Next week a federal court will consider whether Florida can continue denying kosher meals to Jewish prisoners, even when the vast majority of state prisons and the federal government have provided them for many years. Florida claims that providing kosher meals would be too expensive—even though the estimated cost of providing such meals is less than 0.02 percent of its annual budget, and even though studies show that allowing prisoners to practice their faith reduces both violence in prison and repeat crime outside of prison.
Florida is the only large prison system in the country that still insists on denying kosher meals to observant Jewish prisoners, despite the fact that it already provides a variety of more expensive, specialized diets for medical needs of its prisoners. Last year, a federal district court ordered Florida to begin providing kosher meals for all observant Jewish inmates, and Florida appealed to the Eleventh Circuit Court of Appeals. In March, the Becket Fund filed an amicus briefurging the protection of the religious rights of all prisoners. This lawsuit is the first time the U.S. government is suing a state prison system under the Religious Land Use and Institutionalized Persons Act (RLUIPA).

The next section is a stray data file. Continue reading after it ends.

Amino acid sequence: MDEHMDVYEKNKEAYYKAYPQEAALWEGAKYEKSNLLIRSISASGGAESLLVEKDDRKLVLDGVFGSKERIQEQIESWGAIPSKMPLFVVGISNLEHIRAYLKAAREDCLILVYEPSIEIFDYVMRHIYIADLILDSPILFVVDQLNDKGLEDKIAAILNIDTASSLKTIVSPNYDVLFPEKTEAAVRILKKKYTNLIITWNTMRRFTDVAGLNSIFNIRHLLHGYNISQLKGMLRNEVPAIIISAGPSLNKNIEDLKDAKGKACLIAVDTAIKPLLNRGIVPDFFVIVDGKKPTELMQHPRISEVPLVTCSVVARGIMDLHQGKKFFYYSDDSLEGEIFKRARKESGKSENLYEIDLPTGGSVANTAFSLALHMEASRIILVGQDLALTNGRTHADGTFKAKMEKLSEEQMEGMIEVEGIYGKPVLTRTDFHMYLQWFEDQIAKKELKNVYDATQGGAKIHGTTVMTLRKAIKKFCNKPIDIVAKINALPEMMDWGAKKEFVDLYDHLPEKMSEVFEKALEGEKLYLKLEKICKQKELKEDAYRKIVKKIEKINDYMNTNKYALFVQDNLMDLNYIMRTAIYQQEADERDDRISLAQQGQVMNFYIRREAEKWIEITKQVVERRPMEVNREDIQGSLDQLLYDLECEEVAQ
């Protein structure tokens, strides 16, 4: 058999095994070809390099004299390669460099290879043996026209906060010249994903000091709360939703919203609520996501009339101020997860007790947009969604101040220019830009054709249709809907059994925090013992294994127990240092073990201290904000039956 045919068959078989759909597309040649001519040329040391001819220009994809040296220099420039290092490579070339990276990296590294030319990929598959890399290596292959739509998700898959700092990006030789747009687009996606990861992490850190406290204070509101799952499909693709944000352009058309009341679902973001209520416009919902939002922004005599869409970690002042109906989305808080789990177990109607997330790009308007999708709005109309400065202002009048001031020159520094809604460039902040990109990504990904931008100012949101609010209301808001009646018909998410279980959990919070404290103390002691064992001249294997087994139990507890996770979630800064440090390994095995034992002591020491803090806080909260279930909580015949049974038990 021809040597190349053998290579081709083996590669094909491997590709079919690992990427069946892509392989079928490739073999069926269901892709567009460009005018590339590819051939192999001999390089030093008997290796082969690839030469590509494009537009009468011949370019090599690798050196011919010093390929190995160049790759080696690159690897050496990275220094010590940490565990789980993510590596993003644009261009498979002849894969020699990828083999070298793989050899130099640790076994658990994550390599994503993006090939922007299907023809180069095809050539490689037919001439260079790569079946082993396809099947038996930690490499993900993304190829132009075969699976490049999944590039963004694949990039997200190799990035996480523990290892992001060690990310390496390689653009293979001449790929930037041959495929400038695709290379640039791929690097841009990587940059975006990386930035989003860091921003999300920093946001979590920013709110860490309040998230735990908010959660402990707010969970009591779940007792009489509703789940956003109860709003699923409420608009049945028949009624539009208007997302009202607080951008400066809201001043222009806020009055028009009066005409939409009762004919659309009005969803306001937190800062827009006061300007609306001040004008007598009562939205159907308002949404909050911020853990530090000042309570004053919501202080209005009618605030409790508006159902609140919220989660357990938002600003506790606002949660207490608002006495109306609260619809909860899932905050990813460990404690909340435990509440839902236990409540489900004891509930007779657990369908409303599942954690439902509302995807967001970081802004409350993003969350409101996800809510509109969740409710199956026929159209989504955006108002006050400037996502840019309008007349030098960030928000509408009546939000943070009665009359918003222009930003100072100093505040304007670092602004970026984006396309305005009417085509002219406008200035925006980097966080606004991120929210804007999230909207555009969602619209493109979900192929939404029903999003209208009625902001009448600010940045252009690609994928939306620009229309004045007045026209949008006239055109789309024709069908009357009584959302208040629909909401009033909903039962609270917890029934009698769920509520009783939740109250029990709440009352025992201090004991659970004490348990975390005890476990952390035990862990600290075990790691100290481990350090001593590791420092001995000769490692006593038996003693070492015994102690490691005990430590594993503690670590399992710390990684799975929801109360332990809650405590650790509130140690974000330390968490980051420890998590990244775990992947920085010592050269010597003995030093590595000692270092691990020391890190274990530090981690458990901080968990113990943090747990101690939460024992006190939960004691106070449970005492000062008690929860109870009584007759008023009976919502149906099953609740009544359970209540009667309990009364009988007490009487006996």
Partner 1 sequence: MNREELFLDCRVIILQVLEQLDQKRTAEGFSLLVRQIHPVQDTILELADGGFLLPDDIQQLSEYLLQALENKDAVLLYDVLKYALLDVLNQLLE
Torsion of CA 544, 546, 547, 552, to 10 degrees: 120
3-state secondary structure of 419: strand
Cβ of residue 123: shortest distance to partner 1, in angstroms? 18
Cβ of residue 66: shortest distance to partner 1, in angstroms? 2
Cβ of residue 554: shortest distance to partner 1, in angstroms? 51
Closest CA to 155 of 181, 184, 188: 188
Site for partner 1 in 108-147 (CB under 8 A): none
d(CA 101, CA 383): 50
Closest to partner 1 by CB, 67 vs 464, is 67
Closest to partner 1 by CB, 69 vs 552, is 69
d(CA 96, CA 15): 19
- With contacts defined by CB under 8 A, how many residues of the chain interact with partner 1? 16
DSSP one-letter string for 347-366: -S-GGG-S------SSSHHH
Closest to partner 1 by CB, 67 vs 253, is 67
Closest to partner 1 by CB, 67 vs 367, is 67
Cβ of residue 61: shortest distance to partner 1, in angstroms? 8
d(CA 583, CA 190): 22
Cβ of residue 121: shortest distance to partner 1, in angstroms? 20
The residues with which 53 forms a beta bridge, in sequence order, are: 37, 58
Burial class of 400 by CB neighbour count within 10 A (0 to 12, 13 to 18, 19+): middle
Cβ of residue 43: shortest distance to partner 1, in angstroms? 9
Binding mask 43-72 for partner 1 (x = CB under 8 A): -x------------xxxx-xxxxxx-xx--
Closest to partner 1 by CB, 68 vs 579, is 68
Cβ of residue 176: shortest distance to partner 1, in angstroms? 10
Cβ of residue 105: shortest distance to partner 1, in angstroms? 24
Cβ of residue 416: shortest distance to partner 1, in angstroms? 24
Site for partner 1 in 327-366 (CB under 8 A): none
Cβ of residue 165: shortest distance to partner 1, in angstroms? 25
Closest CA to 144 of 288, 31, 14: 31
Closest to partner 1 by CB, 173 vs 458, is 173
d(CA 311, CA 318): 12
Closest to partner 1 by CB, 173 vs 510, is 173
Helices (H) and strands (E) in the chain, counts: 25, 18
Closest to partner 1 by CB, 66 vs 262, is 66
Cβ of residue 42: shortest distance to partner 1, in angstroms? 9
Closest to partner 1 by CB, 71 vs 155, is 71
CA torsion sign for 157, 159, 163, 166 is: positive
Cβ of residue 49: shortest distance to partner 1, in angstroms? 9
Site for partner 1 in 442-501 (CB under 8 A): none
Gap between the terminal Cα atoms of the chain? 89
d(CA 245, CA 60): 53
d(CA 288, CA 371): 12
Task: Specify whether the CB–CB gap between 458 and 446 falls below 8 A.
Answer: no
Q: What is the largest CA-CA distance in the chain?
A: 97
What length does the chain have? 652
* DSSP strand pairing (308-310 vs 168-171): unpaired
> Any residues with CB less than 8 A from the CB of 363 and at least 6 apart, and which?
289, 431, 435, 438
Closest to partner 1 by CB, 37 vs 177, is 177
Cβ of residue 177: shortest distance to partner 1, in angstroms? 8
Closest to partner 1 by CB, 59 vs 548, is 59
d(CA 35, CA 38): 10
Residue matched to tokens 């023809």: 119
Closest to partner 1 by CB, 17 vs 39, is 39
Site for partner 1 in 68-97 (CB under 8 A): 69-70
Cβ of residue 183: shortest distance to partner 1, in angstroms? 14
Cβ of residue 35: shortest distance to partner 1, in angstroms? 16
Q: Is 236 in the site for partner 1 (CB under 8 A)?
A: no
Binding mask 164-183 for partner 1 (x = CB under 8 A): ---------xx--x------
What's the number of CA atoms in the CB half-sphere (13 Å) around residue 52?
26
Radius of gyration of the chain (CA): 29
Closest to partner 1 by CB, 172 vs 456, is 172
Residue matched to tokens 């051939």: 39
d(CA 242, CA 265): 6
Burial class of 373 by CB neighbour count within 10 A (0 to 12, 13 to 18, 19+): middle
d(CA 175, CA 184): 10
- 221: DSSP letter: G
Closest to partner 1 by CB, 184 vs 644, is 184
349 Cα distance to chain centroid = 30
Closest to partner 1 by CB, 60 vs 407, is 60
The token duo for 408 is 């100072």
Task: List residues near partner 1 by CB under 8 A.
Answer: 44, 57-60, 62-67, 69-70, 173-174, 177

Oral Argument in U.S. v. Florida Department of Corrections
Daniel Blomberg, legal counsel of the Becket Fund for Religious Liberty
Tuesday, July 12, 2016 at 9:00 a.m. EST
U.S. Court of Appeals for the Eleventh Circuit
99 N.E. 4th Street Miami, Florida 33132
posted on The Global Dispatch